In its March 11, 2021 opinion, Division Three of the Washington Court of Appeals considered whether the 90-day period to record a claim of lien is extended by a contractor performing work after substantial completion to correct nonconforming work – usually referred to as “warranty work.” In the case of Brashear Electric, Inc. v. Norcal Properties, LLC, the Court strictly construed the statutory term “repairing” to exclude the contractor’s correction of its own work and rejected the notion that warranty work extended the 90-day timeframe to file a lien claim.
Norcal Properties, LLC (“Norcal”) and Blue Bridge Properties, LLC (“Blue”) own adjacent properties. Norcal and Blue separately contracted with Vandervert Construction (“Vandervert”) to construct a building on each property. The prime agreements’ substantive provisions were identical. Vandervert subcontracted with Brashear Electric, Inc. (“Brashear”) to work on both projects.
Under the prime agreements, Vandervert promised to correct nonconforming work up to a year after substantial completion. Vandervert’s subcontracts with Brashear required Brashear to assume the prime agreements’ warranty provisions.
On June 28, 2017, Brashear completed work on Norcal’s project and sent a final invoice to Vandervert on August 17, 2017.
On September 29, 2017, Brashear completed work on Blue’s project and sent a final invoice to Vandervert on October 26, 2017. Norcal and Blue paid Vandervert in full.
On January 8, 2018, the Norcal project’s tenant advised Vandervert that the roof was leaking. In accordance with the prime agreement’s warranty, Vandervert asked Brashear to send an electrician to fix the leak, because preliminary inspections showed the leak was likely caused by Brashear’s work. On January 17, 2018, one of Brashear’s electricians temporarily fixed the leak and determined the leak was not caused by Brashear.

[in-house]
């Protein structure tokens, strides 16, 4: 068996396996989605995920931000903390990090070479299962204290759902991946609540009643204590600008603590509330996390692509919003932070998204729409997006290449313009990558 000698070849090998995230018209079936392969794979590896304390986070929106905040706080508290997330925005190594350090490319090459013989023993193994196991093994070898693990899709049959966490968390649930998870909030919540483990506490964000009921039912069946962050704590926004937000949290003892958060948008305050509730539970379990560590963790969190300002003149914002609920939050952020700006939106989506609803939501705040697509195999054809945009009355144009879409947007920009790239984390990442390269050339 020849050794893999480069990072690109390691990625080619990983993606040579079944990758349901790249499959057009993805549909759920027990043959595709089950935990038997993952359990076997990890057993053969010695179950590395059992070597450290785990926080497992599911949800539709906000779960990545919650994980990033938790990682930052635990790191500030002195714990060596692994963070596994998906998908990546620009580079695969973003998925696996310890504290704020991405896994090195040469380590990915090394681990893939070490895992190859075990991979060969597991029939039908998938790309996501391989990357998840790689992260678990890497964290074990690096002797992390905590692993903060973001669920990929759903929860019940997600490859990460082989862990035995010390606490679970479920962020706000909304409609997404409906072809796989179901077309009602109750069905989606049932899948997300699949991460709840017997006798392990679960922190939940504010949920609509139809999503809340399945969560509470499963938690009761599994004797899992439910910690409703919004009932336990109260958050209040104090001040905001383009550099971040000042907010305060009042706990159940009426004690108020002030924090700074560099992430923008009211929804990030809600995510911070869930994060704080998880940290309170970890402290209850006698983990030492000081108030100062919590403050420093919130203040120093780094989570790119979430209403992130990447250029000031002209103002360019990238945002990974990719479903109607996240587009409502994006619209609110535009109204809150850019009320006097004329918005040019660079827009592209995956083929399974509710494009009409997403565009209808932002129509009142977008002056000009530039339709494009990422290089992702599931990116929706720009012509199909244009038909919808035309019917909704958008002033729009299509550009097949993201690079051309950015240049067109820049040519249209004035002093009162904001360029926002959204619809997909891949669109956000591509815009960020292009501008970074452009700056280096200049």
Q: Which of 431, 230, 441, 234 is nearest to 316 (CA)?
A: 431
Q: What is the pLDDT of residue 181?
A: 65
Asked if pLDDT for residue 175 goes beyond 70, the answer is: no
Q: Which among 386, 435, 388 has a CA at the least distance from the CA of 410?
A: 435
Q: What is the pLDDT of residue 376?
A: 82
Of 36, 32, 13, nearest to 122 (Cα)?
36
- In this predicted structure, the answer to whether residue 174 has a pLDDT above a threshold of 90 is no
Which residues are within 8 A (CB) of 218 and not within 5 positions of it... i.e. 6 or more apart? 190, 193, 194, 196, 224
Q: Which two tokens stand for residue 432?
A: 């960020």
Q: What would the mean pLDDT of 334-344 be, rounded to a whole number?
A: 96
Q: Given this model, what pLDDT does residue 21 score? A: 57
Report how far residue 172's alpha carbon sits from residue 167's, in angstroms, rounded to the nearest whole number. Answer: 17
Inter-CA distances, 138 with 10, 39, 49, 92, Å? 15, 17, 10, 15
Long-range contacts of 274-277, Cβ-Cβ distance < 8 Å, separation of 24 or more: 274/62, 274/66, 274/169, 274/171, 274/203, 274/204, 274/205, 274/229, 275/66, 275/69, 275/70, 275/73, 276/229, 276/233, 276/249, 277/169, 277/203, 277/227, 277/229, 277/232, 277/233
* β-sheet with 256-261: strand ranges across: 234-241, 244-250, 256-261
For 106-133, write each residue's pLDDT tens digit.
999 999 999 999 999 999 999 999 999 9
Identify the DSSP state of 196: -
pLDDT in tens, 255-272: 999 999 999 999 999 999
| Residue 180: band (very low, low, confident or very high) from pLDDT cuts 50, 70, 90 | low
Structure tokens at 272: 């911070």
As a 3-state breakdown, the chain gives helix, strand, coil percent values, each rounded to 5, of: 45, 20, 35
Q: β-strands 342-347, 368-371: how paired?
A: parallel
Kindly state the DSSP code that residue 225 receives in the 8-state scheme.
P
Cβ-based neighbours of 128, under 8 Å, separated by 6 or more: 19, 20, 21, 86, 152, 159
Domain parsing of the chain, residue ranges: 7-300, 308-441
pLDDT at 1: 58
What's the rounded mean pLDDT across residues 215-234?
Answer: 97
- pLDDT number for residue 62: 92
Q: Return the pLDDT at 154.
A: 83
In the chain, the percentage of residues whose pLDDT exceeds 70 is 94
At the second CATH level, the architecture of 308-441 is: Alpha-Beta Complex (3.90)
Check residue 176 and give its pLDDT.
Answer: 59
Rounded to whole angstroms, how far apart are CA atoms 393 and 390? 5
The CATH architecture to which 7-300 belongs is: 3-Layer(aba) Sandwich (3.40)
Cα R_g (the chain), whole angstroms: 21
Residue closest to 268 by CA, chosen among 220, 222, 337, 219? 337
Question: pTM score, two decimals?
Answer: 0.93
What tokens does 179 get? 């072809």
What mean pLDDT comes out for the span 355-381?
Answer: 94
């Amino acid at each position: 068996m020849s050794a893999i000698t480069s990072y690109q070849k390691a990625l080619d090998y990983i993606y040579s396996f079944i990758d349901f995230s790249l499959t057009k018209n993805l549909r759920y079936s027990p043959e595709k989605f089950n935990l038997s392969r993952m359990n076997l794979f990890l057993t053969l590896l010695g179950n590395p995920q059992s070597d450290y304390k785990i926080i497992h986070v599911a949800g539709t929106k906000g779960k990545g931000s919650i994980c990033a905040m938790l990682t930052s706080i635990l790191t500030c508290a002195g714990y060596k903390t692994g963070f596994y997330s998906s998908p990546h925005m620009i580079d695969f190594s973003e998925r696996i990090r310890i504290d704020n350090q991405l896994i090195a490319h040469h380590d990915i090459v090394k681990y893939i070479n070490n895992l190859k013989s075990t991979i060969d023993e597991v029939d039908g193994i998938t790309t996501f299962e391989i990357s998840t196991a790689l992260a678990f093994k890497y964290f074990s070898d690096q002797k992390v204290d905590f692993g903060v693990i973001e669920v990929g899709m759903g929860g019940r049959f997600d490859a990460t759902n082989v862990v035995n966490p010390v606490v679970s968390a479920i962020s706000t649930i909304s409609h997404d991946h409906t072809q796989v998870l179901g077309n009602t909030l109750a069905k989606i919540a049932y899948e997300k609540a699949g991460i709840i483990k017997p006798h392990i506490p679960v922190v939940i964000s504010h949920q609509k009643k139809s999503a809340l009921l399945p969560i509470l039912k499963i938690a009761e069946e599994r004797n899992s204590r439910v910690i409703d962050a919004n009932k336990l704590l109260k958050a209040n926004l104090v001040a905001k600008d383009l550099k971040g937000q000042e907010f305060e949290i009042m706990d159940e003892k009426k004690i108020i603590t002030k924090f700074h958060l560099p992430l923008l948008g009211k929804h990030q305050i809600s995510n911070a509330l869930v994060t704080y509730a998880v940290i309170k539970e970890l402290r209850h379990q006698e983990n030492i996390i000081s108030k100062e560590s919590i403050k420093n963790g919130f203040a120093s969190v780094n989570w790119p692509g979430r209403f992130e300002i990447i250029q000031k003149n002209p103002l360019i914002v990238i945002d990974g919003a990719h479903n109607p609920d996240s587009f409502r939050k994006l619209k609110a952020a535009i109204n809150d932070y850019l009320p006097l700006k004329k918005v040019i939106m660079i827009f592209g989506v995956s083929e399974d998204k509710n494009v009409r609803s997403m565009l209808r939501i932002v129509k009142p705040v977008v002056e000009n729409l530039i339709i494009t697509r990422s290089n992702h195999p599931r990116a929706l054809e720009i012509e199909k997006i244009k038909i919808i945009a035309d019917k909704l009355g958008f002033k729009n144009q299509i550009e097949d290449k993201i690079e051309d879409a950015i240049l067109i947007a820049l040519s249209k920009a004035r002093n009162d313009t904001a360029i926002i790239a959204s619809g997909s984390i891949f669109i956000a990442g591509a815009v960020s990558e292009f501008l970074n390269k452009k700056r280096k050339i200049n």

While the electrician was at the Norcal project, Vandervert directed him to repair a fixture at the Blue project. The electrician repaired the fixture as directed.
On January 30, 2018, Brashear recorded a claim of lien against the Norcal property for $12,830.81, the amount Vandervert owed Brashear on that project.
On January 31, 2018, Brashear recorded a claim of lien against the Blue property for $36,278.50, the amount Vandervert owed Brashear on that project.
In June 2018, Brashear filed suit to foreclose its liens against the Norcal and Blue properties. The parties filed cross motions for summary judgment, and the trial court ruled in favor of Norcal and Blue, holding that Brashear’s warranty work did not extend the 90-day deadline for Brashear to record its liens. Brashear appealed.
Brashear argued that the trial court misinterpreted RCW 60.04.091 and related statutes, because its warranty work was “labor” that extended the time for Brashear to record its liens. Norcal and Blue argued that the trial court strictly construed the pertinent statutes and that warranty work should not extend the 90-day deadline to record a lien. RCW 60.04.091 provides in relevant part:
Every person claiming a lien under RCW 60.04.021 shall file for recording … a notice of claim of lien not later than ninety days after the person has ceased to furnish labor, professional services, materials, or equipment[.]
“Furnishing labor, professional services, materials, or equipment” is defined to include “any labor … for the improvement of real property.” RCW 60.04.011(4). “Improvement” includes “[c]onstructing, altering, repairing, remodeling, demolishing, clearing, grading, or filling in, of, to, or upon” real property. RCW 60.04.011(5).
The Court agreed that Brashear’s warranty work involved “labor”; however, the Court analyzed whether Brashear’s warranty work involved “repairing” the projects. This inquiry is significant because the Court had to determine whether “repairing” extended to correcting Brashear’s nonconforming work. Upon reflection, and consistent with the Court’s decision in Wells v. Scott, 75 Wn.2d 922, 454 P.2d 378 (1969), the Court concluded the definition of “repairing” does not include correction of one’s own nonconforming work, meaning warranty work does not extend the statutory time when a lien claim can be properly recorded.
The case presents a cautionary tale for contractors about the negative consequences of waiting to file a lien claim after substantial completion and performance of warranty-related work. Conversely, the case presents owners and developers with a basis to challenge untimely lien claims.